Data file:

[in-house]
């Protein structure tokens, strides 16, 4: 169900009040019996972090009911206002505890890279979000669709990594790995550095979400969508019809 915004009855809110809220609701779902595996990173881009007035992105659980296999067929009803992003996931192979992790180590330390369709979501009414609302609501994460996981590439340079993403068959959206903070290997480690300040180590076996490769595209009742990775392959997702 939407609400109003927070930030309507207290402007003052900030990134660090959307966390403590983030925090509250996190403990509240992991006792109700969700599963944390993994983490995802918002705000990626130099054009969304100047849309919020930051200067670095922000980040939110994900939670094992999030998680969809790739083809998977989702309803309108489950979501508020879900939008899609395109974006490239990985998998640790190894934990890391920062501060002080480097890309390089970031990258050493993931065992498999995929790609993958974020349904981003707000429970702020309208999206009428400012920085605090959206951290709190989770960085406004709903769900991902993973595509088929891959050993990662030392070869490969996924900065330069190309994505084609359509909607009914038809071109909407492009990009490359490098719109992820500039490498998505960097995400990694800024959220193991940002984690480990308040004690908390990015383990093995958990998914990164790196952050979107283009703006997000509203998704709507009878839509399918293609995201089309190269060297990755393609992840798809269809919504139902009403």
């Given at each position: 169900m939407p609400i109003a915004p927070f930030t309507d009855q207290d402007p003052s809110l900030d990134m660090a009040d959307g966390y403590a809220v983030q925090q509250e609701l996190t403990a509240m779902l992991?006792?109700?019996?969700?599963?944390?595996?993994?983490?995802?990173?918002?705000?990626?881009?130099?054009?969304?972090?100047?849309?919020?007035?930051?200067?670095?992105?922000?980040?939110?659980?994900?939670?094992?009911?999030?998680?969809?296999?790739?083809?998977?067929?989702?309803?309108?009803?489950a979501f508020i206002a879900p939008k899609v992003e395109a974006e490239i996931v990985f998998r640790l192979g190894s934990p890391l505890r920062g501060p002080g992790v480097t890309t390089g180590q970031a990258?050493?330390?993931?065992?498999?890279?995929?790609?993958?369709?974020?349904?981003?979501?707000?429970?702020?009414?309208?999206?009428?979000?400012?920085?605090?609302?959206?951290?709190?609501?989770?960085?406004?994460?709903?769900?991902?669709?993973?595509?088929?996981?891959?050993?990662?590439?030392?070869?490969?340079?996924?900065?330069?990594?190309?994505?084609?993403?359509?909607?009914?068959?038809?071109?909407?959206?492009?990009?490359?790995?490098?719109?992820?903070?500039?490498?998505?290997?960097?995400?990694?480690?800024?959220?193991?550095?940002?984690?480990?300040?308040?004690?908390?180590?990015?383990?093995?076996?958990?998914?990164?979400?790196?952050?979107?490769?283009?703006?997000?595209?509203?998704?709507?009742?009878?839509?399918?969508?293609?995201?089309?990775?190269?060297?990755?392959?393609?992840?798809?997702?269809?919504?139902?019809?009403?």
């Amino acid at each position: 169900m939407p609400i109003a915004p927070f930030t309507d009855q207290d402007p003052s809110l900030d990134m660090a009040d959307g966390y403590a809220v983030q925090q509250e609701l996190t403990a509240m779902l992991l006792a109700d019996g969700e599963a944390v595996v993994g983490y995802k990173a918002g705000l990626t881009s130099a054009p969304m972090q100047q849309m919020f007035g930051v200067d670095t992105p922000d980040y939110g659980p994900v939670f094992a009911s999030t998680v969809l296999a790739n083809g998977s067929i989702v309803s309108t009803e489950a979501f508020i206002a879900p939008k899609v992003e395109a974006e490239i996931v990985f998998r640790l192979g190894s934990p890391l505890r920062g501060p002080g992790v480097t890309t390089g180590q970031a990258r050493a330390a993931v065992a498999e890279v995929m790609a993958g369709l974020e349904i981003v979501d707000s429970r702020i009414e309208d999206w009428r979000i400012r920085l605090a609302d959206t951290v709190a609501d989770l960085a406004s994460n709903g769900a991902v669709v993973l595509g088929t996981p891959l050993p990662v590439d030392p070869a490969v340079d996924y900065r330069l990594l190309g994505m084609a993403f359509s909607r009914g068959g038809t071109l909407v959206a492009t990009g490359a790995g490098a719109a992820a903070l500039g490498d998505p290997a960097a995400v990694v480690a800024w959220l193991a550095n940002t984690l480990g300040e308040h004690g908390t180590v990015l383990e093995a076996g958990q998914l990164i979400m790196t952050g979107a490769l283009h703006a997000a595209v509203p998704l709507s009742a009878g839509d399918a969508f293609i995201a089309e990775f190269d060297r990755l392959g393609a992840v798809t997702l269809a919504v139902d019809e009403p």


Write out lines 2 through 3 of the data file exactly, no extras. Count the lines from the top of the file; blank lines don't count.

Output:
């Protein structure tokens, strides 16, 4: 169900009040019996972090009911206002505890890279979000669709990594790995550095979400969508019809 915004009855809110809220609701779902595996990173881009007035992105659980296999067929009803992003996931192979992790180590330390369709979501009414609302609501994460996981590439340079993403068959959206903070290997480690300040180590076996490769595209009742990775392959997702 939407609400109003927070930030309507207290402007003052900030990134660090959307966390403590983030925090509250996190403990509240992991006792109700969700599963944390993994983490995802918002705000990626130099054009969304100047849309919020930051200067670095922000980040939110994900939670094992999030998680969809790739083809998977989702309803309108489950979501508020879900939008899609395109974006490239990985998998640790190894934990890391920062501060002080480097890309390089970031990258050493993931065992498999995929790609993958974020349904981003707000429970702020309208999206009428400012920085605090959206951290709190989770960085406004709903769900991902993973595509088929891959050993990662030392070869490969996924900065330069190309994505084609359509909607009914038809071109909407492009990009490359490098719109992820500039490498998505960097995400990694800024959220193991940002984690480990308040004690908390990015383990093995958990998914990164790196952050979107283009703006997000509203998704709507009878839509399918293609995201089309190269060297990755393609992840798809269809919504139902009403």
């Given at each position: 169900m939407p609400i109003a915004p927070f930030t309507d009855q207290d402007p003052s809110l900030d990134m660090a009040d959307g966390y403590a809220v983030q925090q509250e609701l996190t403990a509240m779902l992991?006792?109700?019996?969700?599963?944390?595996?993994?983490?995802?990173?918002?705000?990626?881009?130099?054009?969304?972090?100047?849309?919020?007035?930051?200067?670095?992105?922000?980040?939110?659980?994900?939670?094992?009911?999030?998680?969809?296999?790739?083809?998977?067929?989702?309803?309108?009803?489950a979501f508020i206002a879900p939008k899609v992003e395109a974006e490239i996931v990985f998998r640790l192979g190894s934990p890391l505890r920062g501060p002080g992790v480097t890309t390089g180590q970031a990258?050493?330390?993931?065992?498999?890279?995929?790609?993958?369709?974020?349904?981003?979501?707000?429970?702020?009414?309208?999206?009428?979000?400012?920085?605090?609302?959206?951290?709190?609501?989770?960085?406004?994460?709903?769900?991902?669709?993973?595509?088929?996981?891959?050993?990662?590439?030392?070869?490969?340079?996924?900065?330069?990594?190309?994505?084609?993403?359509?909607?009914?068959?038809?071109?909407?959206?492009?990009?490359?790995?490098?719109?992820?903070?500039?490498?998505?290997?960097?995400?990694?480690?800024?959220?193991?550095?940002?984690?480990?300040?308040?004690?908390?180590?990015?383990?093995?076996?958990?998914?990164?979400?790196?952050?979107?490769?283009?703006?997000?595209?509203?998704?709507?009742?009878?839509?399918?969508?293609?995201?089309?990775?190269?060297?990755?392959?393609?992840?798809?997702?269809?919504?139902?019809?009403?």